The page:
The Spotted Dog is a Grade II listed public house at 212 Upton Lane, Forest Gate, London. It dates back to the late 15th or early 16th century, and was thought to once have been a hunting lodge for King Henry VIII.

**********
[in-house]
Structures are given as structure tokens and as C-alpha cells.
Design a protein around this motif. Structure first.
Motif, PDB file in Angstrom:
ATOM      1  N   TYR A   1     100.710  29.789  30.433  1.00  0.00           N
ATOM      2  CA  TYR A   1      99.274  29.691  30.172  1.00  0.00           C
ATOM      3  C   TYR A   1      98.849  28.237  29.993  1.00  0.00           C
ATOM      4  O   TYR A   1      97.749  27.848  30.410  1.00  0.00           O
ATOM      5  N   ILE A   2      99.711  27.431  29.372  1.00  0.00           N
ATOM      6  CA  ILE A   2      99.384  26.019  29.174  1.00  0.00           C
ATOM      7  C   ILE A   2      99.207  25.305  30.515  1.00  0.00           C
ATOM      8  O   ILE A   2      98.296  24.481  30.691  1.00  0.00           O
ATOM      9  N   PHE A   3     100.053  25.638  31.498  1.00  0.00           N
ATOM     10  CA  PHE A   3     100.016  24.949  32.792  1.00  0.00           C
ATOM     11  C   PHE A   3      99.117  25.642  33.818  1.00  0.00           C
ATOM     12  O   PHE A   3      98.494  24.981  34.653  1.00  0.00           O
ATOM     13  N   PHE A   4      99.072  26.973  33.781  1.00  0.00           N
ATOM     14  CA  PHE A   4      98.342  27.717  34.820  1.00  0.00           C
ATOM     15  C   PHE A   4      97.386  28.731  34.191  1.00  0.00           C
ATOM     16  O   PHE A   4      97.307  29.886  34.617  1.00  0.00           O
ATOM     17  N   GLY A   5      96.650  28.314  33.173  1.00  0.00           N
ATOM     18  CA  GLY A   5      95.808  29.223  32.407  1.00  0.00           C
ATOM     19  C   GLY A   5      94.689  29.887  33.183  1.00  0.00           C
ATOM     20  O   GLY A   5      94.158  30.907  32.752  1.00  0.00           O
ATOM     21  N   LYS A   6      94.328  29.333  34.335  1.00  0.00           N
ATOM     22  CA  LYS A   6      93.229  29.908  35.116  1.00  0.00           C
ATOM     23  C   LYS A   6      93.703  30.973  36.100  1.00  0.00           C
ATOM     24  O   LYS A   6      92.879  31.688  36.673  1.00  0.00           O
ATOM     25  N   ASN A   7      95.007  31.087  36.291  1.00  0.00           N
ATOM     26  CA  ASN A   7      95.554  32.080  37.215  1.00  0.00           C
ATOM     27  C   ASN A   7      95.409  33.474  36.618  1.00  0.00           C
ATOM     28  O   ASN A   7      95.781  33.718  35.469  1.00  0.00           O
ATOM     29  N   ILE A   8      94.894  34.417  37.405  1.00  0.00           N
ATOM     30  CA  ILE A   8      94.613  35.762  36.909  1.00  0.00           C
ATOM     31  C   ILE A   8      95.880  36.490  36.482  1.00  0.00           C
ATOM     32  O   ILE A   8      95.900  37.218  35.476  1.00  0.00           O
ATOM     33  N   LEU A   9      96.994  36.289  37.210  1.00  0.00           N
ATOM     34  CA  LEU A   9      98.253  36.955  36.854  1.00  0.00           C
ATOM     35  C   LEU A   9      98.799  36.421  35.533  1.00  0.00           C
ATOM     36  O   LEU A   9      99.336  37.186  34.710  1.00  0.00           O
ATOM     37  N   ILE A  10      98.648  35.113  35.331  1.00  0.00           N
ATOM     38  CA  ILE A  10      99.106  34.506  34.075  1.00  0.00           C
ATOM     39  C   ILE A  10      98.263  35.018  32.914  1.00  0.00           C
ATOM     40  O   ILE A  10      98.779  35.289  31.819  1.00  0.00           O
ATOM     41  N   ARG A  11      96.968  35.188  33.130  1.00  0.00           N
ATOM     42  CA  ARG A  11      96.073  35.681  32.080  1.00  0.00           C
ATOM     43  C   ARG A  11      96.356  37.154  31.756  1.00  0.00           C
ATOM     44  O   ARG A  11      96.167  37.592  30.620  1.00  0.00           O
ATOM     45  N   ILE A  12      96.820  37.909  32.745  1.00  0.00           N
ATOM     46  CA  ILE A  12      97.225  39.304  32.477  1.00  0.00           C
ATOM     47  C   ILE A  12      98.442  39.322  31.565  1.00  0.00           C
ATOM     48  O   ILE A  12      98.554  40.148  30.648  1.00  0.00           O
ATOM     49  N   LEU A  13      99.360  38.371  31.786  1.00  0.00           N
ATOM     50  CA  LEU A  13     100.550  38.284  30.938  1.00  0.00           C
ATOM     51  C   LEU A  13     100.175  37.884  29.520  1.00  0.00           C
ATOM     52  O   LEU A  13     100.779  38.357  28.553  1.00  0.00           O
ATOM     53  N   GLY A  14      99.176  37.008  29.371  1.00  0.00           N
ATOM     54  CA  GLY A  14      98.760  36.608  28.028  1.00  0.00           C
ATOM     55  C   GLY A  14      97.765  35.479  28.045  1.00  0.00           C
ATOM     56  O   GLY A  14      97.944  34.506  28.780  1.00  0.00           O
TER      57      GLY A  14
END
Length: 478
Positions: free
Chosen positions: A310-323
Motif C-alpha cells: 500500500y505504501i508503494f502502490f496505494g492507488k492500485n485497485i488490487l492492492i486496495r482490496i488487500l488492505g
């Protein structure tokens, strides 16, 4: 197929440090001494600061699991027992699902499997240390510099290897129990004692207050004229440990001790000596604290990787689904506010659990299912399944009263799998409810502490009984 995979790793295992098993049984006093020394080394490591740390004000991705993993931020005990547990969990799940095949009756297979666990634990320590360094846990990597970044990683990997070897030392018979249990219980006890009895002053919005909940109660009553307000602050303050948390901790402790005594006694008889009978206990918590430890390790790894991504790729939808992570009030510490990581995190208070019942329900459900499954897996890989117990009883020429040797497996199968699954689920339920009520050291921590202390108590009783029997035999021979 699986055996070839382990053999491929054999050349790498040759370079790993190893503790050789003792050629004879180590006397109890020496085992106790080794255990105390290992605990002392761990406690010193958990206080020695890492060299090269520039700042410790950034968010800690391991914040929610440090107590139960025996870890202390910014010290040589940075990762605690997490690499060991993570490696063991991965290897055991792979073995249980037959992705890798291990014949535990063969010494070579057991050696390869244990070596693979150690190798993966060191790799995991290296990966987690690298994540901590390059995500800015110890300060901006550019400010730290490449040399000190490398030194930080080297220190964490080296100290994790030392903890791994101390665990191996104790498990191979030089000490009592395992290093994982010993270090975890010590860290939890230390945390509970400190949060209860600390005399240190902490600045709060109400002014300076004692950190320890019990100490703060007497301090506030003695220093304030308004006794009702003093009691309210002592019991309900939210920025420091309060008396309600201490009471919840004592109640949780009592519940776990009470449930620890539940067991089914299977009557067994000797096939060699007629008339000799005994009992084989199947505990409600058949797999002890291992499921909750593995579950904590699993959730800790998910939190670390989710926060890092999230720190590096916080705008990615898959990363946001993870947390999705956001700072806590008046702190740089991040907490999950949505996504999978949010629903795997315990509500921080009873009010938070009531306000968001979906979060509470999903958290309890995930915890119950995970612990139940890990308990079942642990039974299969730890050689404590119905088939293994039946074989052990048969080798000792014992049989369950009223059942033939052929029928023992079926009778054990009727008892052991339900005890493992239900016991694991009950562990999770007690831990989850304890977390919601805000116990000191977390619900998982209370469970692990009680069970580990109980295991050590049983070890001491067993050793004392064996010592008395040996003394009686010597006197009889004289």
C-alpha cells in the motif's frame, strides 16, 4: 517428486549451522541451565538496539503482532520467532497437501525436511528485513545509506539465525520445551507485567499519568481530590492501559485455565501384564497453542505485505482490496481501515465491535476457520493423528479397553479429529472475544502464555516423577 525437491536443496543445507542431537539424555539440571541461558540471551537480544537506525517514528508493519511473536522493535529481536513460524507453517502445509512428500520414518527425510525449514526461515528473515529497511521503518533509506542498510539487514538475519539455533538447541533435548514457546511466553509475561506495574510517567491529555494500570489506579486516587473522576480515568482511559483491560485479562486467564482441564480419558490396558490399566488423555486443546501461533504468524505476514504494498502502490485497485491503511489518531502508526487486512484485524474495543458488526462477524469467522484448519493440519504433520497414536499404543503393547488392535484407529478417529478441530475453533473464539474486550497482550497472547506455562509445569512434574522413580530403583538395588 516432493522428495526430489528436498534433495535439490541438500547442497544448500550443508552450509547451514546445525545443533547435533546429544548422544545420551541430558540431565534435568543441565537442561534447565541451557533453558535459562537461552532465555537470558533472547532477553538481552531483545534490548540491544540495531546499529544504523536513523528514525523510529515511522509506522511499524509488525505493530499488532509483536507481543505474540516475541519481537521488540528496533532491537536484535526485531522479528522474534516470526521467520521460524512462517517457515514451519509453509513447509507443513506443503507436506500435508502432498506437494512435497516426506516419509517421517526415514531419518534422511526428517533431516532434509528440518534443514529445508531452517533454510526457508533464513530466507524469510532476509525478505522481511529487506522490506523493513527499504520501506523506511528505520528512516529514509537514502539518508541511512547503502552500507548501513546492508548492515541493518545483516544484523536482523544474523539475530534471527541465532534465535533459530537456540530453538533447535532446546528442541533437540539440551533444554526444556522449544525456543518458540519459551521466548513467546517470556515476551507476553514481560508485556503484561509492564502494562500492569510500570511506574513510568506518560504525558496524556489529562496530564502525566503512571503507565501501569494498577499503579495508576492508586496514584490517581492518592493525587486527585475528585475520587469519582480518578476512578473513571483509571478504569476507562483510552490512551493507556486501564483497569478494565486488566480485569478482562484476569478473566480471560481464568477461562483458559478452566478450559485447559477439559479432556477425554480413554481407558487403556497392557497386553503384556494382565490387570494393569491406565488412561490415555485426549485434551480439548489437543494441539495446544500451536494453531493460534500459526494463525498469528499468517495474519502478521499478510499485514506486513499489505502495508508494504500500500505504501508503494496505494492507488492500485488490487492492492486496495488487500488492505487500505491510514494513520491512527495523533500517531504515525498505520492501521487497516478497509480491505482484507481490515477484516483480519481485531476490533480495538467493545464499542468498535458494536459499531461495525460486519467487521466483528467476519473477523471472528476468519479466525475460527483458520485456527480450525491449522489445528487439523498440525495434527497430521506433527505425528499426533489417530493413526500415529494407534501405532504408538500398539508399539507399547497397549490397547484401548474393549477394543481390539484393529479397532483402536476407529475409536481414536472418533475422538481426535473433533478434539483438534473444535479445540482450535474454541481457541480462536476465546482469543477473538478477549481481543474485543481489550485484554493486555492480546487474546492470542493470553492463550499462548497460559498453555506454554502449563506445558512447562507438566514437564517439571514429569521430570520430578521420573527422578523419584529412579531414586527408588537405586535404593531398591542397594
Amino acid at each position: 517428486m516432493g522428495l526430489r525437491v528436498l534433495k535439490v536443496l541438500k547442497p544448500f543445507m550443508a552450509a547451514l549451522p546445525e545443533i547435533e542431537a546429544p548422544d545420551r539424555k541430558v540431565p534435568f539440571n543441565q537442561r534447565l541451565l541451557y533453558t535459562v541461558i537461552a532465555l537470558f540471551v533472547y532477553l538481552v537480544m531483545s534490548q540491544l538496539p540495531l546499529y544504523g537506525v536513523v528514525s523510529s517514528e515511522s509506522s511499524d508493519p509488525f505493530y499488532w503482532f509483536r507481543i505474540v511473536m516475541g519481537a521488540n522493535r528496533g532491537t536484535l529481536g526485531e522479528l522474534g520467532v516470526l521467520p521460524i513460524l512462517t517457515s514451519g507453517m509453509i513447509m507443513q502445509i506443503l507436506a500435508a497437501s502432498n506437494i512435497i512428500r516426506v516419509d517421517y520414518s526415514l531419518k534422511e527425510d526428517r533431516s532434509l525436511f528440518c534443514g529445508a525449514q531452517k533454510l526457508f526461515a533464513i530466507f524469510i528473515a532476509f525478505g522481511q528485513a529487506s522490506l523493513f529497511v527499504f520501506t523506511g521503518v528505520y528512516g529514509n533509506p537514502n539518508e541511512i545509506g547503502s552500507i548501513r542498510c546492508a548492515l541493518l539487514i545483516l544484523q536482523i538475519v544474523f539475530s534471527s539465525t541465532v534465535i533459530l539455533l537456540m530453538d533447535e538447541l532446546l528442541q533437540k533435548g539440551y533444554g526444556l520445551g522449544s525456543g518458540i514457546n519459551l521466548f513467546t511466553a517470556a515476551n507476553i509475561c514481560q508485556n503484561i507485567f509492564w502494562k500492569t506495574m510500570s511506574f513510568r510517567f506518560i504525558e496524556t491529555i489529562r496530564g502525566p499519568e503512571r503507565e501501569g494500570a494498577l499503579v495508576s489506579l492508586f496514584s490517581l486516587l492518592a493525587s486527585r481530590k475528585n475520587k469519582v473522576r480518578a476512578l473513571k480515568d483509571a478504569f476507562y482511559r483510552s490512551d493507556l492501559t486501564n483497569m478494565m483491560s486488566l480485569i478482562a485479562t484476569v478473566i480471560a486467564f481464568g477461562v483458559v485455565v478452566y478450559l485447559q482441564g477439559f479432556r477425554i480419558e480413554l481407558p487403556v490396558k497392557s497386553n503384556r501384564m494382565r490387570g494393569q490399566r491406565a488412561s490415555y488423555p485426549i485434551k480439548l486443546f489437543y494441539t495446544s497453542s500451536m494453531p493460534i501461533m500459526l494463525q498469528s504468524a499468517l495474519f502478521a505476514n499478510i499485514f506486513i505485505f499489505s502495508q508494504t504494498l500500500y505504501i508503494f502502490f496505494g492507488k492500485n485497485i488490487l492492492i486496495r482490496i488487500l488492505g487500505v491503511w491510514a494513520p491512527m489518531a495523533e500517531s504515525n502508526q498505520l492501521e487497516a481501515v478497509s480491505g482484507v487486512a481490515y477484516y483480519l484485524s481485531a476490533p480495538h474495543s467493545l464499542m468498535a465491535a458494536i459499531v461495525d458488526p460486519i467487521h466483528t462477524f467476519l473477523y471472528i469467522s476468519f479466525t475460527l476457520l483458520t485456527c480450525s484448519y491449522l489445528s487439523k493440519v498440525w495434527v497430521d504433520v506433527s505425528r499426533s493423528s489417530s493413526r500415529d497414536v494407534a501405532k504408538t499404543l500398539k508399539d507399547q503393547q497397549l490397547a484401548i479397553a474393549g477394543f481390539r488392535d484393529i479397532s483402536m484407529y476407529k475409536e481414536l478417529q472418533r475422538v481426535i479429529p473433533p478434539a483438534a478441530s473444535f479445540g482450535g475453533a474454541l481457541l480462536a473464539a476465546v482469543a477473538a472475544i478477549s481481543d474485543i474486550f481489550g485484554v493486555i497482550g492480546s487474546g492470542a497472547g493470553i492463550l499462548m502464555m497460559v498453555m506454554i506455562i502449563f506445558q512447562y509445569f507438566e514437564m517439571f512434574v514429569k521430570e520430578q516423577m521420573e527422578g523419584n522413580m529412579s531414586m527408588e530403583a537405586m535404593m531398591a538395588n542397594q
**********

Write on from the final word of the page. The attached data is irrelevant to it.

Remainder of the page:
Leopold Wagner's 1921 book A New Book About London writes of a "huge barn-like structure in the vegetable garden ... (of the pub) ... wantonly sacrificed by the new proprietors in the interest of a bottling store ... (which had) ... anciently enclosed the kennels for a pack of royal hounds". He asserts that when Henry VIII followed the chase in the Essex (Epping) Forest, he "took up the hounds here at Upton" about a mile from the toll-gate which subsequently led to the residential district being named Forest Gate.
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